Can the nursing home force me to surrender my POA and guardianship over my mother?

3 answers | Last updated: Oct 09, 2016
Carsonw asked...

My mother has lived with me for 6 years. She is 82, in a wheelchair, has Alzheimer's, diabetes, heart disease and a list of other ailments. The time is fast approaching when I can no longer care for her and must put her in a nursing home. I have held a full POA and legal guardianship papers for her for 7 years. I have talked to the nursing home of her choice, and because her pension will not cover the full cost of her care, she must go on Medicaid ( she has no other assets).

I am stunned that the nursing home has told me that because she will be on Medicaid, that I must relinquish my power of attorney. I have never heard of this before, and cannot believe that they can force me to surrender my guardianship and POA. I live in Illinois. Can, in fact, they force me to do this? I am willing to fight this legally, as I don't think you should EVER trust a facility that much!

Expert Answers

Barbara Repa, a senior editor, is an attorney, a journalist specializing in aging issues, and the author of Your Rights in the Workplace (Nolo), now in its 10th edition.

I'm stunned along with you"”and have not heard of a nursing home insisting on such conditions.

In fact, most facilities will encourage residents who are able to finalize powers of attorney, as the agent's input can be invaluable in helping direct decisions about personal and medical care. From the resident's and family member's standpoints, it may also be a valuable check on overreaching or wrongdoing"”or just plain making sure the vulnerable resident's wishes are understood.

While it is difficult to be an advocate while you are in the tough spot of relocating your mother to a nursing home, perhaps your anger can help motivate you.

First, be sure that you talk directly with the facility administrator"”not some staffer who may not be aware of the facility's true policies or the residents' rights.

Speaking of those rights, Illinois law clearly provides for them, including one provision that states: (210 ILCS 45/2"‘102) (from Ch. 111 1/2, par. 4152"‘102)

Sec. 2"‘102. A resident shall be permitted to manage his own financial affairs unless he or his guardian or if the resident is a minor, his parent, authorizes the administrator of the facility in writing to manage such resident's financial affairs under Section 2"‘201 of this Act. (Source: P.A. 81"‘223.)

While it may bore you to do it, sometimes reciting chapter and verse of the law will get the nursing home personnel to understand that you understand a potential resident's rights and will not be pushed around.

While a huge percentage of nursing home residents receive help from Medicaid, some facilities will make it more difficult to admit them, since they tend to take in a lower amount for them than for private pay residents. If you sense this is what is happening, you may want to reconsider choosing the facility. Both state and federal laws prohibit discrimination against Medicaid recipients. And while a nursing home that accepts Medicaid recipients can limit the number of such recipients, it cannot require a resident to give up legal rights to enter.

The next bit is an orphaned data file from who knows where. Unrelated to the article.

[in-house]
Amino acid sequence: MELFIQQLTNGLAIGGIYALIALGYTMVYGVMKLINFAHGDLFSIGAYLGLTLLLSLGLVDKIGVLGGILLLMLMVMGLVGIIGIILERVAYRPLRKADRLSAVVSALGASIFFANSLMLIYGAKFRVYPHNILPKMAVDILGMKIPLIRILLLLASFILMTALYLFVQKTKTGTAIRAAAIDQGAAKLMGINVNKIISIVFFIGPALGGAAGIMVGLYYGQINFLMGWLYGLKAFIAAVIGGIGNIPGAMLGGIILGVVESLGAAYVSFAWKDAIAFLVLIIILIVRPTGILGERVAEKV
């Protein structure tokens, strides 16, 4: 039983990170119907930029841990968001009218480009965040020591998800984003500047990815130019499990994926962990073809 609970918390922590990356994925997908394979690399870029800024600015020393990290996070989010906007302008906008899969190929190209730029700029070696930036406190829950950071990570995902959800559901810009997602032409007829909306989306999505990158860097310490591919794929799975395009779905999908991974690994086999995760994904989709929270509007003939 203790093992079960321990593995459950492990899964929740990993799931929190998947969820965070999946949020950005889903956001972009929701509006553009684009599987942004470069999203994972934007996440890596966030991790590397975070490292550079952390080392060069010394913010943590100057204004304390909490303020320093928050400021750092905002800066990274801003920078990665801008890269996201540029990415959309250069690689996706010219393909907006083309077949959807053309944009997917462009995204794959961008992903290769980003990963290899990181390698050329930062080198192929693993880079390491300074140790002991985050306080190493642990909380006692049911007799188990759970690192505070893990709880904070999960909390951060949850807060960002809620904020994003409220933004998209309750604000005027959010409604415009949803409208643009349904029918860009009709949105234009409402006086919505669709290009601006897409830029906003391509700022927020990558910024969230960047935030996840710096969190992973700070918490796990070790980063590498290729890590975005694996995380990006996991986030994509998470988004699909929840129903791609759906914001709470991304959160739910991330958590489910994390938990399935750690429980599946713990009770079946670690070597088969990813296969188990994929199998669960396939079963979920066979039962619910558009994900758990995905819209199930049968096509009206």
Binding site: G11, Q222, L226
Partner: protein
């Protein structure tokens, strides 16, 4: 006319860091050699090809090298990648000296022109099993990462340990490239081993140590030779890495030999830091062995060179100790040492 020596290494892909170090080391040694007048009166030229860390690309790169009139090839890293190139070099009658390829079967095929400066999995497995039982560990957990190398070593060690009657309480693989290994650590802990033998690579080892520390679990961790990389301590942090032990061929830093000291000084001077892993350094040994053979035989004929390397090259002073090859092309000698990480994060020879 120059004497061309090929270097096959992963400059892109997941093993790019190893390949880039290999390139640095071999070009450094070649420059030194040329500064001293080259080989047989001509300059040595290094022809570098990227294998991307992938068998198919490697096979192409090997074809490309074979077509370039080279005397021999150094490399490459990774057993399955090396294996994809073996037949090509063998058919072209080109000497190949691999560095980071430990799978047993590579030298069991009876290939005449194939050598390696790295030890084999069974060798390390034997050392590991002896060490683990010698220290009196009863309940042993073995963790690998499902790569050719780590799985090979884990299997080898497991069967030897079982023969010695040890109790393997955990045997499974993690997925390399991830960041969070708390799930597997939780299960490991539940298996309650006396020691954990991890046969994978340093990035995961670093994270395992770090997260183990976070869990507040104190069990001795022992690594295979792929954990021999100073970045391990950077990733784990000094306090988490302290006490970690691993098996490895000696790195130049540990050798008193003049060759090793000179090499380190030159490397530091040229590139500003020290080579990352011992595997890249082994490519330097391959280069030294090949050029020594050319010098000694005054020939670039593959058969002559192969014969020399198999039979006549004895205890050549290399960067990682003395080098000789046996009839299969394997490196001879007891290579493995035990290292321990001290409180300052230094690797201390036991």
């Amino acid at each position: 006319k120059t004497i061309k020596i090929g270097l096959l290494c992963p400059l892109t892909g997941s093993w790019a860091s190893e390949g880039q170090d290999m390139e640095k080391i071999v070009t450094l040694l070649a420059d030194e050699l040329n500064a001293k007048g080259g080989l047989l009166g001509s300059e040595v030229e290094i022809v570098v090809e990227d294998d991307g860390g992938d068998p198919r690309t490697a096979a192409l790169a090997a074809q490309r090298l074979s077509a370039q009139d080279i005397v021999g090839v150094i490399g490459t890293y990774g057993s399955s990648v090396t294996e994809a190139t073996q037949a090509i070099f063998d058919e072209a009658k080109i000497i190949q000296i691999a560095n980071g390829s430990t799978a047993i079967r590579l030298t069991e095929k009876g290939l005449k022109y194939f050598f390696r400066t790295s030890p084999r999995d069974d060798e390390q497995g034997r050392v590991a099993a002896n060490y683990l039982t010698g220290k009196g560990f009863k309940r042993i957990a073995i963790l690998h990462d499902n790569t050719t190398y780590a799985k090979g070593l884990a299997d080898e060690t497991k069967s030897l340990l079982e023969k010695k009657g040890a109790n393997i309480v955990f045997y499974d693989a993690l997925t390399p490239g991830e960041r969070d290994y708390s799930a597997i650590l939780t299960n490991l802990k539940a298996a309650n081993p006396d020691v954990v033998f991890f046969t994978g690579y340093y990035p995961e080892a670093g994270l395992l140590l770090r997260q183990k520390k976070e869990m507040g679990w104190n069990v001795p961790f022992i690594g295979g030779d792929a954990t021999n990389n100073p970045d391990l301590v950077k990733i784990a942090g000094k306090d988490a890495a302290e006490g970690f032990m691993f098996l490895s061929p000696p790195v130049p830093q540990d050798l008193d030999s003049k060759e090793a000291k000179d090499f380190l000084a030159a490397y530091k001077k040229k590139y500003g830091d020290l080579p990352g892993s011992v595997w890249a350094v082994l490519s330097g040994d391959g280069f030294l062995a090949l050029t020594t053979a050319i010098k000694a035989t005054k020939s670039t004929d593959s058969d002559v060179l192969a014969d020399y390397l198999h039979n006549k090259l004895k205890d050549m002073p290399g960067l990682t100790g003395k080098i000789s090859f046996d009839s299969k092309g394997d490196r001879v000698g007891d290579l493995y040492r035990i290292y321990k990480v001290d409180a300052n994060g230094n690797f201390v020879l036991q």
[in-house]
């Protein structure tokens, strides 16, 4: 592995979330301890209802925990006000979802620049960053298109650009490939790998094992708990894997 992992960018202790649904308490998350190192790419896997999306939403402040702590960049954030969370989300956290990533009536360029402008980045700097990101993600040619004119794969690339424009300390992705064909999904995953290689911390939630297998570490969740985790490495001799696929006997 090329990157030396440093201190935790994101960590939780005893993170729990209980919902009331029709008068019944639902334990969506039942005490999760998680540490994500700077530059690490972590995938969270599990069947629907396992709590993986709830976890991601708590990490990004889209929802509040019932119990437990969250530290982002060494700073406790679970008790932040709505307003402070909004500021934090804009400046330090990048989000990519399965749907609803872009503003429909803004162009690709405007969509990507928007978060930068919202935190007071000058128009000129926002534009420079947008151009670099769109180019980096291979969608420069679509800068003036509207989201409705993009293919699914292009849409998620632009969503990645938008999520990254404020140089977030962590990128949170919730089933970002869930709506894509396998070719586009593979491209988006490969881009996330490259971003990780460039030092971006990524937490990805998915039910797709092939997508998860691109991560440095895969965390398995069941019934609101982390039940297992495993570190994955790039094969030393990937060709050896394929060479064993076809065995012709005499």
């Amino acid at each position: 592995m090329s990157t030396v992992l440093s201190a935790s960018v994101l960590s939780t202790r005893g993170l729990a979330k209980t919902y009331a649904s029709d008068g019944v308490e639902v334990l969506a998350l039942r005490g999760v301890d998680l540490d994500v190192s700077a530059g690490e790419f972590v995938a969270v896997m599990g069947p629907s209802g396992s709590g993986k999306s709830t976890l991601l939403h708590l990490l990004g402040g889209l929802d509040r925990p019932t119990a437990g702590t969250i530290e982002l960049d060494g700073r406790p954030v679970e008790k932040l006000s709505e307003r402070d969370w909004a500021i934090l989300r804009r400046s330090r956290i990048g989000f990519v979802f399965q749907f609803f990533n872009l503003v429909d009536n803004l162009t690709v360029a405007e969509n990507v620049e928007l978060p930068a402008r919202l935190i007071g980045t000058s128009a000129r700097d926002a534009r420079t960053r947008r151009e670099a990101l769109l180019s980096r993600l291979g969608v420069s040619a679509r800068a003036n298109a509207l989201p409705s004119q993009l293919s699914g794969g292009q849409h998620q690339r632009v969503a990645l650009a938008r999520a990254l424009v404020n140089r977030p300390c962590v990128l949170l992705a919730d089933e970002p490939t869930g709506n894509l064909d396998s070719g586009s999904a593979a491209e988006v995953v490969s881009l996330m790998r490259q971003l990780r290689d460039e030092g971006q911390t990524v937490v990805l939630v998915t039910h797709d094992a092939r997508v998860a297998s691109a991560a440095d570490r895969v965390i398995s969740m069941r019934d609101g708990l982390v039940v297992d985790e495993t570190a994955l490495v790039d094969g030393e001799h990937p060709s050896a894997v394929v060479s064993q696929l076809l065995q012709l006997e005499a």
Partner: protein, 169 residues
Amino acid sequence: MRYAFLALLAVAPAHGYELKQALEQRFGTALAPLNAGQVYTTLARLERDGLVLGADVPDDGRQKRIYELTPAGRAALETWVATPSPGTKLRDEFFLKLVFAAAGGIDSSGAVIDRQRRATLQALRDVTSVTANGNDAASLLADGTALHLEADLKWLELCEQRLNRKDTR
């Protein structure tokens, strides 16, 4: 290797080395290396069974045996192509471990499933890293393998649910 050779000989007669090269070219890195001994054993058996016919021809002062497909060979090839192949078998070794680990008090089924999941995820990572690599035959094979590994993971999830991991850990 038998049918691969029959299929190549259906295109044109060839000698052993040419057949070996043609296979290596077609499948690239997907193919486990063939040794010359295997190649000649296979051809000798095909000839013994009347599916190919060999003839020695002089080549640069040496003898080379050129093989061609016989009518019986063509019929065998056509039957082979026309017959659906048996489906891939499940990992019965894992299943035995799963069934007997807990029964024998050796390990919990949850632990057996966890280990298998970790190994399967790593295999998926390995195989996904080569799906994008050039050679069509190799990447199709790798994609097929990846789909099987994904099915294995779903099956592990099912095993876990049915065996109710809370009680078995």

But you may also want to fight a little to right the wrong. In your state, the Illinois Department of Health,, is responsible for licensing nursing homes and making sure operators keep within the limits of the law. Consider contacting personnel there to discuss your concerns about this facility. That, too, may speak loudly.

Community Answers

Carsonw answered...

Thank you for your well thought out and extensive answer. I have told this nursing home-a five star facility, very highly rated-that under NO circumstances will I surrender my guardianship and POA. I just found out that they applied a full-court press to a friend of mine whose mother was just admitted, and she caved in and surrendered her POA. I have contacted the local Area Council on Aging and asked them to advise the proper authorities, as this is serious scumduggery, and there has to be a reason-not a good one!-why they are insisting on this. My take is so that they can go snooping around looking for assets to seize. I appreciate the time you took to answer-thank you again very much. Carson BTW-I've used your WillMaker software before. Excellent product.

Jump answered...

I've had my mother in the last six months up to differ nursing homes in Eastern Ontario. There is major problem with some of the paperwork these nursing homes have without a question. There is one document and there were you do sign overfull power of attorney rights to the nursing home which I must state is illegal without a question! The nursing home lawyers under guidelines of the ministry of health have to be certified by a lawyer. That statement come from a lawyer for the record. However a lot of people and family sign these documents and are not aware that they are illegal.

I'm in a situation with the nursing home and their paperwork at this time regarding my own mother. There are extremely annoyed with me as I will not sign their illegal papers. However funny in the last few days the lawyer is going to have them certified finally. LOL

Do not sign any papers from the nursing home unless you know exactly what you're signing. There is the center for elderly in Toronto which will look at the paperwork for you for nothing.

If you want this address or telephone number please email me. I will be glad to give you the information I have. It is a really bad situation in Eastern Ontario about how bad the paperwork in these nursing homes are. Some of these nursing homes thinks their ability levels about God which is in right under the law. However. Please take care

Take care